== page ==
On This Rock

Image by Frank Winkler from Pixabay

Which “rock” was the church founded upon?

In Matthew 15:18, Jesus tells Peter after his confession of faith in Jesus as the Son of the living God that he will build his church on this rock. Throughout centuries of church history, scholars and theologians have argued two main possibilities for what Jesus meant.

The first is often taken by the Catholic Church, that Peter himself is the rock that Jesus speaks of. Peter’s name means “rock.” And so the Catholic Church says that Peter is the rock the church is built on. Jesus builds his church on Peter himself after his confession.

They use this interpretation to say that Peter was the first Pope of the Church. Every Pope since has a spiritual connection with Peter as the foundation of the church. They say that because Peter’s name means rock, Jesus was saying that he was building the church on Peter as a leader.

The other approach, popularized by Martin Luther during the Protestant Reformation, is to understand Peter’s confession of Jesus as the Christ, two verses before, as the basis for Jesus’ statement.

The way Jesus response to Peter’s confession of faith is that God revealed this to him (Matthew 16:17). And then he says, “On this rock I will build my church” (Matthew 16:18). “This rock” would then refer to Peter’s incredible statement of faith (Matthew 16:16).

The interpretive problem is that both of these interpretations are possible in the text. Looking closely at Matthew 16:18, Jesus prefaces his statement with, “You are Peter.” By saying this, you could understand the immediate context of that verse alone to refer to Peter as the rock. His name meaning “rock” makes it even more interesting. Jesus is the one who named Simon, Peter.

Because he named Simon, “Rock,” you could say that Jesus referred to Peter as the rock because of the grammar of the sentence and his name change. But you could also say that Jesus changed his name to rock to reflect his personality and his importance in the first century church.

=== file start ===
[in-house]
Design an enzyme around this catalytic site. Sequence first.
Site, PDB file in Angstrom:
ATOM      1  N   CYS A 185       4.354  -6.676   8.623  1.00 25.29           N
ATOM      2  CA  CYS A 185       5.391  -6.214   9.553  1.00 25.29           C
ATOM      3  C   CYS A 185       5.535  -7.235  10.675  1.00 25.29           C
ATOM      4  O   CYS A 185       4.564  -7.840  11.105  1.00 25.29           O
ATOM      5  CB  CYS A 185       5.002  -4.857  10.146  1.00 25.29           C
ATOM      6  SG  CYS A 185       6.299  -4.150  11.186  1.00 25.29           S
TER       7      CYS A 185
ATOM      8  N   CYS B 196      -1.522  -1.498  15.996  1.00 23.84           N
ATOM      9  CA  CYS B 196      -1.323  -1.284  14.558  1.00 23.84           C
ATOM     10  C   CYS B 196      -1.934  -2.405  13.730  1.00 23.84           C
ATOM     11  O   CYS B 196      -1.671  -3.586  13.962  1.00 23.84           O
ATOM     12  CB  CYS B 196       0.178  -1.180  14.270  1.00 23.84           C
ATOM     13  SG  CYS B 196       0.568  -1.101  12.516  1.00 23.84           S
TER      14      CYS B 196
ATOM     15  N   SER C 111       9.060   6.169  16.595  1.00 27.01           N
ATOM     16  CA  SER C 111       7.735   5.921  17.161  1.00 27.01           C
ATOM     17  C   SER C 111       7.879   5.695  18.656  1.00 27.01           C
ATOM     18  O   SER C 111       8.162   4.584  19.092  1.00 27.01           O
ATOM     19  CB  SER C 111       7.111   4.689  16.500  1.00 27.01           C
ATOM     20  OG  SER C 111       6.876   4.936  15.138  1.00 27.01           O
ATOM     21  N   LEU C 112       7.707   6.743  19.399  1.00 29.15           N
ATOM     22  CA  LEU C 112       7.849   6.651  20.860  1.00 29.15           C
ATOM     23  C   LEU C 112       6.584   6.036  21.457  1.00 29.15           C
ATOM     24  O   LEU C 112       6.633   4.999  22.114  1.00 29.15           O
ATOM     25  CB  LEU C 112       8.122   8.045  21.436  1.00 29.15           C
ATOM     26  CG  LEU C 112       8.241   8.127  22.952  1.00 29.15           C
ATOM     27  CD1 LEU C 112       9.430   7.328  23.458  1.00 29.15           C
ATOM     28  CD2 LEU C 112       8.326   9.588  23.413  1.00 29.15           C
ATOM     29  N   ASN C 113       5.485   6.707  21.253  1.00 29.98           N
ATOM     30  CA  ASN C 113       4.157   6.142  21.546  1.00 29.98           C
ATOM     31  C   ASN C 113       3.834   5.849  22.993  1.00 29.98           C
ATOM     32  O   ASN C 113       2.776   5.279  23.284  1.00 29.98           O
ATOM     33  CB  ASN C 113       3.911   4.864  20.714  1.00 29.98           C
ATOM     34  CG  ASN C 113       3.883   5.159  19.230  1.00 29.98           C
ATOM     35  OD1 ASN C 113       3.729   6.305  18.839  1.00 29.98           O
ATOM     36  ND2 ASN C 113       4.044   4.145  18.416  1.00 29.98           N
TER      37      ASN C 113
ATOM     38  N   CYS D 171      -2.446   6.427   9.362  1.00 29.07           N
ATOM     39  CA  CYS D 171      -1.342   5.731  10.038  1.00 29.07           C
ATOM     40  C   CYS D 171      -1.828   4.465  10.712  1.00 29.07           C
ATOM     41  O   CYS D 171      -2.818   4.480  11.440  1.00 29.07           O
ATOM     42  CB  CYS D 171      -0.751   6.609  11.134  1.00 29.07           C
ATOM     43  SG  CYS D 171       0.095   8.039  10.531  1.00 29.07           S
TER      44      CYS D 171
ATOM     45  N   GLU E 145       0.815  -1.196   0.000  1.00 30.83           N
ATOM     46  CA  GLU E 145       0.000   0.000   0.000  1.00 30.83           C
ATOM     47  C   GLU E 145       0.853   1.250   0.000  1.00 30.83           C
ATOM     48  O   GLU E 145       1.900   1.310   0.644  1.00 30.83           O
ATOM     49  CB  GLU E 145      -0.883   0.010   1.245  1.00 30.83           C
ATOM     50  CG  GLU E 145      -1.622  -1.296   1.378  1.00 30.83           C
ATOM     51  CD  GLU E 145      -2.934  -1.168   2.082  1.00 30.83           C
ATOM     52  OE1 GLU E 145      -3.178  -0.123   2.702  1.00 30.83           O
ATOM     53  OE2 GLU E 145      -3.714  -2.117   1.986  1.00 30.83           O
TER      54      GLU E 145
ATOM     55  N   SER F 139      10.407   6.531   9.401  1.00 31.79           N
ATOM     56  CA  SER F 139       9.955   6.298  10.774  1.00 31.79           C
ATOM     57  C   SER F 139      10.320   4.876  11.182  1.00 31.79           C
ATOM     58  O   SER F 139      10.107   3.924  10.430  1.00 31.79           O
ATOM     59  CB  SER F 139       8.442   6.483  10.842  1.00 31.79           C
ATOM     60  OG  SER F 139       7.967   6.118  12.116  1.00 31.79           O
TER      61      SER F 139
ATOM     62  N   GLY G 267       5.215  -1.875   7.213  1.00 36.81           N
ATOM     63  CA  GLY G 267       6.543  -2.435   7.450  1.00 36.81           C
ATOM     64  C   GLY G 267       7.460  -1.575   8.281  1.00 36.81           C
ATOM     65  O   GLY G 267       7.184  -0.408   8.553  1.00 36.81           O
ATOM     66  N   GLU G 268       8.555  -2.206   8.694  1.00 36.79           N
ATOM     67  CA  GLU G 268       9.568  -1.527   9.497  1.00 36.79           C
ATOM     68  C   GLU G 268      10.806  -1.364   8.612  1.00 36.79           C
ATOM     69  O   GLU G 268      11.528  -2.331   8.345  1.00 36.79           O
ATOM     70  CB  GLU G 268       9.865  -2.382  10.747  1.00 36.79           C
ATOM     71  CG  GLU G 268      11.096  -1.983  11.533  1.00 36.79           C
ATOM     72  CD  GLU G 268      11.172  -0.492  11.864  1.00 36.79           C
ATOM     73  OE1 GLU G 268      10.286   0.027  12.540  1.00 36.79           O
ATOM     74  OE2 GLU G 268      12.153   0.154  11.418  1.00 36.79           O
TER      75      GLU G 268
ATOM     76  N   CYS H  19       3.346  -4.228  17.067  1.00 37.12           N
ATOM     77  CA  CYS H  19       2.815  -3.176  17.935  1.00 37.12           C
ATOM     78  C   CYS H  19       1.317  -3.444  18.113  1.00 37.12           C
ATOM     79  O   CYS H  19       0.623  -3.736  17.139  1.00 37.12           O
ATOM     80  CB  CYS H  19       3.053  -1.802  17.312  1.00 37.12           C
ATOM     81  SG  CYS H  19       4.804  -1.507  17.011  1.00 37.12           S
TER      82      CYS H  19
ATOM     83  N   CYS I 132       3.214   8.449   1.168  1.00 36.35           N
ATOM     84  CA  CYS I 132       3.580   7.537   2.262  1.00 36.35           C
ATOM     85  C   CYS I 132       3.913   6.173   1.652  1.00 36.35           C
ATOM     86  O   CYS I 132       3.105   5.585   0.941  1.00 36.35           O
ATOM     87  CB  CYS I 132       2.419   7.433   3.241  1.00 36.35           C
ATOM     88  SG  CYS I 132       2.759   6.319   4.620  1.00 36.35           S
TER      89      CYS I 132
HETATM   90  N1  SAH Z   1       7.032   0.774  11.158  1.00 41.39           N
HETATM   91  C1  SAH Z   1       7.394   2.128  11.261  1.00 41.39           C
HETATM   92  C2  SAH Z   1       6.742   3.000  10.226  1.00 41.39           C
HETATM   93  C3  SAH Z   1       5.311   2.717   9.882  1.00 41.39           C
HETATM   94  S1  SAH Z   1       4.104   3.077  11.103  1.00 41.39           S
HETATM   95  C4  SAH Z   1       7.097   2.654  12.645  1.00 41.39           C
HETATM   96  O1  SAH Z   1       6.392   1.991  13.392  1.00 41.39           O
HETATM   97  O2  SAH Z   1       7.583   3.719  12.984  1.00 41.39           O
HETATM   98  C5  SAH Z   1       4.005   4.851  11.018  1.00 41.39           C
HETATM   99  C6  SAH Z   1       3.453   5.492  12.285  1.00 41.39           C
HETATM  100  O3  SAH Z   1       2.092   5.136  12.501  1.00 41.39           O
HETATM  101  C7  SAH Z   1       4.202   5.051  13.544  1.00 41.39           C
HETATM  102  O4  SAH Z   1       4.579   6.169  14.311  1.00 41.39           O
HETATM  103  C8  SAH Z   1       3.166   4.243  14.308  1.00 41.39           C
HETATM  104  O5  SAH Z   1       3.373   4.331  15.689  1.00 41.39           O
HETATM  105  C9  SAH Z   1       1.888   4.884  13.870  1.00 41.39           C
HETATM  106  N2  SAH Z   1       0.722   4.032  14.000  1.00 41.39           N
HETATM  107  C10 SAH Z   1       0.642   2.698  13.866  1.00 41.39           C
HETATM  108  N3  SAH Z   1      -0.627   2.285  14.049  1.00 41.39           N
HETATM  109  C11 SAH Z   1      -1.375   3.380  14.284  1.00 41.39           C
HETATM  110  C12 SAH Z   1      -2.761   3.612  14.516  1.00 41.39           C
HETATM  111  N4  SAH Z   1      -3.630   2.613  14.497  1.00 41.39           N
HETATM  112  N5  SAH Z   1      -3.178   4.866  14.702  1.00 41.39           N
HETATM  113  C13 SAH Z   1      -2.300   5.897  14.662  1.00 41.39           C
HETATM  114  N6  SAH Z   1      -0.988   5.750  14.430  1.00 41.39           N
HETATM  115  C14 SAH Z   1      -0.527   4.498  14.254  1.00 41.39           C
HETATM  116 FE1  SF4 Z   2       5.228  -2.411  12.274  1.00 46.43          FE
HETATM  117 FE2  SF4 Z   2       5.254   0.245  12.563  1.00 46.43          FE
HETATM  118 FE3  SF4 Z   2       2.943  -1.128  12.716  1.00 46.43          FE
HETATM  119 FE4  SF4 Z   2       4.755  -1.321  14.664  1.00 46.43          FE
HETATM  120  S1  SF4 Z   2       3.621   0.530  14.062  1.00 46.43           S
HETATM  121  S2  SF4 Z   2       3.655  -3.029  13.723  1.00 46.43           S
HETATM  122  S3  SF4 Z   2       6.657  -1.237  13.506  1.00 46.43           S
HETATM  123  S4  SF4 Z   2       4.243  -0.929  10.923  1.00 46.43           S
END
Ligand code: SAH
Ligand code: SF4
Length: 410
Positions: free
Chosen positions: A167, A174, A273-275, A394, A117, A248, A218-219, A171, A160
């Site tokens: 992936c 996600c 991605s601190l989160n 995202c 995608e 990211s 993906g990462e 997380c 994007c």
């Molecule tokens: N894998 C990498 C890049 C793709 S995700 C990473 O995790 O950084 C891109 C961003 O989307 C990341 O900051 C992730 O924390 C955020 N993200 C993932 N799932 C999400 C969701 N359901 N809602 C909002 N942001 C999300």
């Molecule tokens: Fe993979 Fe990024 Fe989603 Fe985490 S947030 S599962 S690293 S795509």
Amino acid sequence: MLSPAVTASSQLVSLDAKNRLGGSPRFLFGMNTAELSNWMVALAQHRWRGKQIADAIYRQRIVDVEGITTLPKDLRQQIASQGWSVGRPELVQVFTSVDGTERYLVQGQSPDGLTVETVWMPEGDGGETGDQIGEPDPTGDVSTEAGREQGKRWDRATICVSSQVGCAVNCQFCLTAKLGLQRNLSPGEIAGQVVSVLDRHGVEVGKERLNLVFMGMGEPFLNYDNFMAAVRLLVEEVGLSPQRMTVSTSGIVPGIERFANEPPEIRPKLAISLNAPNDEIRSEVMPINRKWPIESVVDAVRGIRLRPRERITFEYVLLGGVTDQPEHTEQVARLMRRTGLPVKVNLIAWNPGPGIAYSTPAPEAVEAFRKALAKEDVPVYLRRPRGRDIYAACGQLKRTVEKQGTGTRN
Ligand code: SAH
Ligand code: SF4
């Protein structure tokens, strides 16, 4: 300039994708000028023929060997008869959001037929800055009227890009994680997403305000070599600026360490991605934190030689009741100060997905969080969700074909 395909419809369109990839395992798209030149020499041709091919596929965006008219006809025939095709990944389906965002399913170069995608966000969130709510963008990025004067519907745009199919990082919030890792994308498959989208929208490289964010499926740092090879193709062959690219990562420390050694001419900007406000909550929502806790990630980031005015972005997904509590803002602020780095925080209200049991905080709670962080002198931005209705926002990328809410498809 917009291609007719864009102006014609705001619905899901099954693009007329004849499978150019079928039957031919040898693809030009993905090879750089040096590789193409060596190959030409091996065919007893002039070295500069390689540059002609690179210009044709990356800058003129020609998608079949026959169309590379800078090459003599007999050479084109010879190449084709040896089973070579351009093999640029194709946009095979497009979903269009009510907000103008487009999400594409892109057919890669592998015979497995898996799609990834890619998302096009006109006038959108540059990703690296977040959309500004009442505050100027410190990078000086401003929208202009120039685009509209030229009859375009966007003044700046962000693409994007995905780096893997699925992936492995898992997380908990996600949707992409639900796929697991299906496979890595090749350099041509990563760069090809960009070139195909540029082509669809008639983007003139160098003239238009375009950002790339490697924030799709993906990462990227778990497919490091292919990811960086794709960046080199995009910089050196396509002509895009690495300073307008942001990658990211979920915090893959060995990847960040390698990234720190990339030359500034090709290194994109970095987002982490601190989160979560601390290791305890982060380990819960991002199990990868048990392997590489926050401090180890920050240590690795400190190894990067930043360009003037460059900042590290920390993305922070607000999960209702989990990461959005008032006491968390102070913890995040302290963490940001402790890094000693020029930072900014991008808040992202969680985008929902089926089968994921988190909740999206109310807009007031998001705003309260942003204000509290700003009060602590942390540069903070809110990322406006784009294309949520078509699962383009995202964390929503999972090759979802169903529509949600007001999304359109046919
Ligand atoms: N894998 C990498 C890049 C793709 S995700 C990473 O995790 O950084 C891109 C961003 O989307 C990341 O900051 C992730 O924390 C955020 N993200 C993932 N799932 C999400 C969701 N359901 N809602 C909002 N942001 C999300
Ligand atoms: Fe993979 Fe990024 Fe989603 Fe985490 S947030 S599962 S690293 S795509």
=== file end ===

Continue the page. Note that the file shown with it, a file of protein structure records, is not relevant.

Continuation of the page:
After all, after Jesus restores him in John 21, Peter becomes a firebrand preacher for the Lord in the book of Acts. So you could easily make the inference that Jesus refers to Peter as the rock.

But the Protestant reading of this verse also makes a strong case. Would Jesus found his church on a person, or would he found it on a fundamental statement about his identity and divinity? Protestants side with Martin Luther that the rock Jesus builds his church on is the statement of faith by Peter, not the man Peter.

As a Protestant, it is easy for me to say that this is the way to interpret this verse. But as I said before, both interpretations are exegetic leave valid. Philosophically, I agree with Protestants that it would be stronger to build the church on the fundamental statement of Jesus’ identity rather than a human being, no matter how powerful he was when empowered by the Holy Spirit.

But each person must make their own interpretive conclusions. Will the gates of hell not prevail against a person who leads the church or a doctrinal statement that is the basis for Christian belief in Jesus as the Anointed One (Christ, Messiah), the divine Son of God? These are the possible interpretations, but you must make your own decision.

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